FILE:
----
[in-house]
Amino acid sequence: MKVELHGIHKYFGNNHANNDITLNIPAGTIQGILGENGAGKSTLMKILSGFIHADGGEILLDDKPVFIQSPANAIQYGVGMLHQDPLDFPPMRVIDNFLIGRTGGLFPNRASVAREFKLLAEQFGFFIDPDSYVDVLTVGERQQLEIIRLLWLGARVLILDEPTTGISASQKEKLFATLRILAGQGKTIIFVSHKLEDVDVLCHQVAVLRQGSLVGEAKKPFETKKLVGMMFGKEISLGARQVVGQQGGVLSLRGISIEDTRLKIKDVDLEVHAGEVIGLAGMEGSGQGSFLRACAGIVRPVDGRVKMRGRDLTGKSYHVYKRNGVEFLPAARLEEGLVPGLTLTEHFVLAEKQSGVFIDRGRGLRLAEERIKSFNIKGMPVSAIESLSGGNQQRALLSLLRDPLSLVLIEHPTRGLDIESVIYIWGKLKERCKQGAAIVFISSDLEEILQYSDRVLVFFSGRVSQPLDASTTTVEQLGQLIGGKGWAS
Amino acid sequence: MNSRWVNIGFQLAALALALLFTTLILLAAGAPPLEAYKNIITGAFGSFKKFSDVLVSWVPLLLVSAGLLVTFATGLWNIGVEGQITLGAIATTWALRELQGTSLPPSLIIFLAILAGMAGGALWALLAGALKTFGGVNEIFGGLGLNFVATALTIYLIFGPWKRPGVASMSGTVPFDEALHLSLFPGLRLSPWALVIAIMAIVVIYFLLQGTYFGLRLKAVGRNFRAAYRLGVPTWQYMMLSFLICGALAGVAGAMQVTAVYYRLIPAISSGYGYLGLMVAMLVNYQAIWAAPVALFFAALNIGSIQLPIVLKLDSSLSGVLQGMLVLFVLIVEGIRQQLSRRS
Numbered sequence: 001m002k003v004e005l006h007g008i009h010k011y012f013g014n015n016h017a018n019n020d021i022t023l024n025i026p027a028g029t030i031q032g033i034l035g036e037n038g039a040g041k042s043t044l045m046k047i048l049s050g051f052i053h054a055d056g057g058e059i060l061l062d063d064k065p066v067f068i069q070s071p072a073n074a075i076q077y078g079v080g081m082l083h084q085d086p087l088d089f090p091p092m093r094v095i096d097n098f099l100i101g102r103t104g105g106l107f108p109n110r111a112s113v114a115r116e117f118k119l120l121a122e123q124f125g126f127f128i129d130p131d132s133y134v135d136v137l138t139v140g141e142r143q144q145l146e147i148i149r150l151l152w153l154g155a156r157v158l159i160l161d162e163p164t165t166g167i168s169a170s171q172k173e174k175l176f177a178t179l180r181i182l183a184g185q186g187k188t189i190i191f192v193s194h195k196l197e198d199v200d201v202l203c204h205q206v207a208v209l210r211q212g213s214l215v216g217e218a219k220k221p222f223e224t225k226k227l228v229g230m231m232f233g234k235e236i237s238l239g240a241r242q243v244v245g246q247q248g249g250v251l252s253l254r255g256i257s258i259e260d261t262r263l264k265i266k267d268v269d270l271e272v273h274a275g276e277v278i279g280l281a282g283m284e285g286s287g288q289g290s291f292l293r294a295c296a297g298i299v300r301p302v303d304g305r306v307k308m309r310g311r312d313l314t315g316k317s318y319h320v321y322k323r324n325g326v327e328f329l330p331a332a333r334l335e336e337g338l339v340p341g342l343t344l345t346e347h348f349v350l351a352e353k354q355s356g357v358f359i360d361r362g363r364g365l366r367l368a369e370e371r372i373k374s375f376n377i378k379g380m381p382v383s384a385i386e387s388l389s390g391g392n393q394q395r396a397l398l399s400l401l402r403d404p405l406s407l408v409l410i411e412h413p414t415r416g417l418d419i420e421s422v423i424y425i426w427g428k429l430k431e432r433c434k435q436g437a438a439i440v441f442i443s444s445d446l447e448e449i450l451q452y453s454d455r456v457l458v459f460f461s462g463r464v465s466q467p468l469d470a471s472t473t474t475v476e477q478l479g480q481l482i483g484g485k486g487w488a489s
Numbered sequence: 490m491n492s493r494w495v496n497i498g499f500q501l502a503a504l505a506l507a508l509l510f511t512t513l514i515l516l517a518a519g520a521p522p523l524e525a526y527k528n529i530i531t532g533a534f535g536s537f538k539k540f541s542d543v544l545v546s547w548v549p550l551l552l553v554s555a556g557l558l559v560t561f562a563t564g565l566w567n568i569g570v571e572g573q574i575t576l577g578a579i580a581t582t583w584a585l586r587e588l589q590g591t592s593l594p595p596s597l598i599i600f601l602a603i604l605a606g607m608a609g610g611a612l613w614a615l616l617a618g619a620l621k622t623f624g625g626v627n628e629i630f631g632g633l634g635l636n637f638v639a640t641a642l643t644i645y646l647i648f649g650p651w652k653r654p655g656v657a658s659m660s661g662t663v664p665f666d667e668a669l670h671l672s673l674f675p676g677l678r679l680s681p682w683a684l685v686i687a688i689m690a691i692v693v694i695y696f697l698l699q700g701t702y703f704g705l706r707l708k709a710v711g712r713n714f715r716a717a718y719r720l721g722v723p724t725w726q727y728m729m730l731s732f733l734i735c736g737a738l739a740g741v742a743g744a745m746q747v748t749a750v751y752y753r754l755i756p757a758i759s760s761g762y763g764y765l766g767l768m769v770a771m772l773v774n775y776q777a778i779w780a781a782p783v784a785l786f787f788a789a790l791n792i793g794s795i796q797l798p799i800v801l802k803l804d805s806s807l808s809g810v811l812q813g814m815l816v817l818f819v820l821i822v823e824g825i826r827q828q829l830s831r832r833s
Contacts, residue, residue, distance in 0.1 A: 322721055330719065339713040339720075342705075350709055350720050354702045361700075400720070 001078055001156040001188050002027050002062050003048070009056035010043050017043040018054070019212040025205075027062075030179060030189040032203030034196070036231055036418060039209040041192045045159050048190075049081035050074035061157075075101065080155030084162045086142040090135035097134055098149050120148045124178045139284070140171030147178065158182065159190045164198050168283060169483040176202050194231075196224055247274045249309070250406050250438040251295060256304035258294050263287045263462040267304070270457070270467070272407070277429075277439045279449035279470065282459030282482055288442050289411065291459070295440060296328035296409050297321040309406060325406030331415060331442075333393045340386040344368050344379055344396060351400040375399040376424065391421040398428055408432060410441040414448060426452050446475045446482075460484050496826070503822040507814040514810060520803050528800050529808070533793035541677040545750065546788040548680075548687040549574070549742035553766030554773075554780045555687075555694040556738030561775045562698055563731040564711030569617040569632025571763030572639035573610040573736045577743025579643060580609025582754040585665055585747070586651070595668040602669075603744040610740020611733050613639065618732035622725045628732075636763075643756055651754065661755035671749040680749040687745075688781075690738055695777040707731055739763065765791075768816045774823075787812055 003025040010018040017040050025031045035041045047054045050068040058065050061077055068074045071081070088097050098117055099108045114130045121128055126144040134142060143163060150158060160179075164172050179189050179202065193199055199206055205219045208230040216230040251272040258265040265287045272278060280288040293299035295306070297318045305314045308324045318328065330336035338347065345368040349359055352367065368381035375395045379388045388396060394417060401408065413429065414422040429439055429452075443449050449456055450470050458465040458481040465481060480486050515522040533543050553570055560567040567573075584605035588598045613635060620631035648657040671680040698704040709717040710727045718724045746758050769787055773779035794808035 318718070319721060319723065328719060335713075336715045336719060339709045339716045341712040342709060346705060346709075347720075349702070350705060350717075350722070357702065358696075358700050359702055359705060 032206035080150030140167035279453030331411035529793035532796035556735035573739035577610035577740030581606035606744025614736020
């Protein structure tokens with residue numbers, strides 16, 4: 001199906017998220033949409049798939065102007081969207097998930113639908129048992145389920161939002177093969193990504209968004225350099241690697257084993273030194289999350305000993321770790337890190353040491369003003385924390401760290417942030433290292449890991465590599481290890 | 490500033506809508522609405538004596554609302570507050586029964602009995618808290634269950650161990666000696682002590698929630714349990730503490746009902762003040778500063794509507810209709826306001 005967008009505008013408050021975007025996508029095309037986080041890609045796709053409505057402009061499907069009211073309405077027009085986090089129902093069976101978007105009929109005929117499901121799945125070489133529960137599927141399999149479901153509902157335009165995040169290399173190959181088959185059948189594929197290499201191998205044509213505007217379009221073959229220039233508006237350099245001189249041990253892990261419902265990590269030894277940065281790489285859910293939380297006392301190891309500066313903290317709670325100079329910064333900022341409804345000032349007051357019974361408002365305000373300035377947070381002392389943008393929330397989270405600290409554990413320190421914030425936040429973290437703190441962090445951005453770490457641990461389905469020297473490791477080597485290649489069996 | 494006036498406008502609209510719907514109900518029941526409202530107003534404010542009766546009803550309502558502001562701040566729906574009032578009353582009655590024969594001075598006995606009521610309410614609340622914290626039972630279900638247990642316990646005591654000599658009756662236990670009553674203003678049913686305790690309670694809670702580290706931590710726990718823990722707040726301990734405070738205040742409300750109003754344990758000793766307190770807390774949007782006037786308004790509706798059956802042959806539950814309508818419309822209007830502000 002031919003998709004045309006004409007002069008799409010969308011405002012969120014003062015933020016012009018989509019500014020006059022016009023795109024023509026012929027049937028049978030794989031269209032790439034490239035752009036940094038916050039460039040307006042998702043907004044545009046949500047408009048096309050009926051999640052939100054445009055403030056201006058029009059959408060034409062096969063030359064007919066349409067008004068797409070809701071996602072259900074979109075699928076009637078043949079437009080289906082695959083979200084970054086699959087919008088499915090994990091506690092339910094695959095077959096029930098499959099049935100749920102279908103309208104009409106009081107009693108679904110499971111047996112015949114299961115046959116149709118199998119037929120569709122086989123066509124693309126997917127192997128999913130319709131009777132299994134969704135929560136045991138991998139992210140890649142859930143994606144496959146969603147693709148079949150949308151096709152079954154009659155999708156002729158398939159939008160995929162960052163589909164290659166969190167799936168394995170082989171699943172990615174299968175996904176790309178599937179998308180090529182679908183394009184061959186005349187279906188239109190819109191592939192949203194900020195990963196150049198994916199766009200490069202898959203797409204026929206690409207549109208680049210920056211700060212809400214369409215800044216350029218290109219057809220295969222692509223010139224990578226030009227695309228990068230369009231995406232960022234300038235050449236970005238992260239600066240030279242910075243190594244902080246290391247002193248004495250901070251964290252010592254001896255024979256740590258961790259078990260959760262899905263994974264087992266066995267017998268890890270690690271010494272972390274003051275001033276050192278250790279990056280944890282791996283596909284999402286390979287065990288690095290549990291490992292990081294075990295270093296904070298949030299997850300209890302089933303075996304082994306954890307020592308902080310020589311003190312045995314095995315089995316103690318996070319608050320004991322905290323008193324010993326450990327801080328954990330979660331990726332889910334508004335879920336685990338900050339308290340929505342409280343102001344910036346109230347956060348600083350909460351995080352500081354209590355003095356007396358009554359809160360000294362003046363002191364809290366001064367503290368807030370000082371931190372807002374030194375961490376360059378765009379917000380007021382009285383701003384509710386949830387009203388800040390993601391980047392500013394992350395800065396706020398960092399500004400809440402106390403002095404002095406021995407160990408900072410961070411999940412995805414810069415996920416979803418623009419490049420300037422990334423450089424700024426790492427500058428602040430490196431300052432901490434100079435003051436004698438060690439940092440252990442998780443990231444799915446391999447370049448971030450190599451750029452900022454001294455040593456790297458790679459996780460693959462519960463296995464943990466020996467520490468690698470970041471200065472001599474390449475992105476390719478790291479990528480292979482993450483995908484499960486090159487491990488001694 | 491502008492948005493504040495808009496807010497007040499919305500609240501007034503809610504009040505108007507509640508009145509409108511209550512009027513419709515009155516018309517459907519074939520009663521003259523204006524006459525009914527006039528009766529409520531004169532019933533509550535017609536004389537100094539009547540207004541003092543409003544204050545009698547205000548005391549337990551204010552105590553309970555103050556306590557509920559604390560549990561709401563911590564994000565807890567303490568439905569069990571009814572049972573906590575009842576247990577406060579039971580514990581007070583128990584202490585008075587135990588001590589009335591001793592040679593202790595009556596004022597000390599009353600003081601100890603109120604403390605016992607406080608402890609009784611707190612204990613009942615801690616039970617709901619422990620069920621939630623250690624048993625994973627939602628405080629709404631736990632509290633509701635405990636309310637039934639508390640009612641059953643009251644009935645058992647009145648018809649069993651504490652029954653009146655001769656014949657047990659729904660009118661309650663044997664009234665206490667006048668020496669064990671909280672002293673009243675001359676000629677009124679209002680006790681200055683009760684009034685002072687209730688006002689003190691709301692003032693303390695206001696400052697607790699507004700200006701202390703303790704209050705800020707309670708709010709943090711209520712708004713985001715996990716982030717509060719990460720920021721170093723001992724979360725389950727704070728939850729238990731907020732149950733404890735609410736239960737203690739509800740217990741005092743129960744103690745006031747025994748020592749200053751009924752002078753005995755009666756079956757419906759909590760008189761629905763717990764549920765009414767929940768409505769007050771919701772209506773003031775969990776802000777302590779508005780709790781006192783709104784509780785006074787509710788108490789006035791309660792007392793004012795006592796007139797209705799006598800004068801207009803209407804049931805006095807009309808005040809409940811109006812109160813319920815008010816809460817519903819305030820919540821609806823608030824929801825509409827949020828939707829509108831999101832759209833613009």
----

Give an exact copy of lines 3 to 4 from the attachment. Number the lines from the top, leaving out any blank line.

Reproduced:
Amino acid sequence: MNSRWVNIGFQLAALALALLFTTLILLAAGAPPLEAYKNIITGAFGSFKKFSDVLVSWVPLLLVSAGLLVTFATGLWNIGVEGQITLGAIATTWALRELQGTSLPPSLIIFLAILAGMAGGALWALLAGALKTFGGVNEIFGGLGLNFVATALTIYLIFGPWKRPGVASMSGTVPFDEALHLSLFPGLRLSPWALVIAIMAIVVIYFLLQGTYFGLRLKAVGRNFRAAYRLGVPTWQYMMLSFLICGALAGVAGAMQVTAVYYRLIPAISSGYGYLGLMVAMLVNYQAIWAAPVALFFAALNIGSIQLPIVLKLDSSLSGVLQGMLVLFVLIVEGIRQQLSRRS
Numbered sequence: 001m002k003v004e005l006h007g008i009h010k011y012f013g014n015n016h017a018n019n020d021i022t023l024n025i026p027a028g029t030i031q032g033i034l035g036e037n038g039a040g041k042s043t044l045m046k047i048l049s050g051f052i053h054a055d056g057g058e059i060l061l062d063d064k065p066v067f068i069q070s071p072a073n074a075i076q077y078g079v080g081m082l083h084q085d086p087l088d089f090p091p092m093r094v095i096d097n098f099l100i101g102r103t104g105g106l107f108p109n110r111a112s113v114a115r116e117f118k119l120l121a122e123q124f125g126f127f128i129d130p131d132s133y134v135d136v137l138t139v140g141e142r143q144q145l146e147i148i149r150l151l152w153l154g155a156r157v158l159i160l161d162e163p164t165t166g167i168s169a170s171q172k173e174k175l176f177a178t179l180r181i182l183a184g185q186g187k188t189i190i191f192v193s194h195k196l197e198d199v200d201v202l203c204h205q206v207a208v209l210r211q212g213s214l215v216g217e218a219k220k221p222f223e224t225k226k227l228v229g230m231m232f233g234k235e236i237s238l239g240a241r242q243v244v245g246q247q248g249g250v251l252s253l254r255g256i257s258i259e260d261t262r263l264k265i266k267d268v269d270l271e272v273h274a275g276e277v278i279g280l281a282g283m284e285g286s287g288q289g290s291f292l293r294a295c296a297g298i299v300r301p302v303d304g305r306v307k308m309r310g311r312d313l314t315g316k317s318y319h320v321y322k323r324n325g326v327e328f329l330p331a332a333r334l335e336e337g338l339v340p341g342l343t344l345t346e347h348f349v350l351a352e353k354q355s356g357v358f359i360d361r362g363r364g365l366r367l368a369e370e371r372i373k374s375f376n377i378k379g380m381p382v383s384a385i386e387s388l389s390g391g392n393q394q395r396a397l398l399s400l401l402r403d404p405l406s407l408v409l410i411e412h413p414t415r416g417l418d419i420e421s422v423i424y425i426w427g428k429l430k431e432r433c434k435q436g437a438a439i440v441f442i443s444s445d446l447e448e449i450l451q452y453s454d455r456v457l458v459f460f461s462g463r464v465s466q467p468l469d470a471s472t473t474t475v476e477q478l479g480q481l482i483g484g485k486g487w488a489s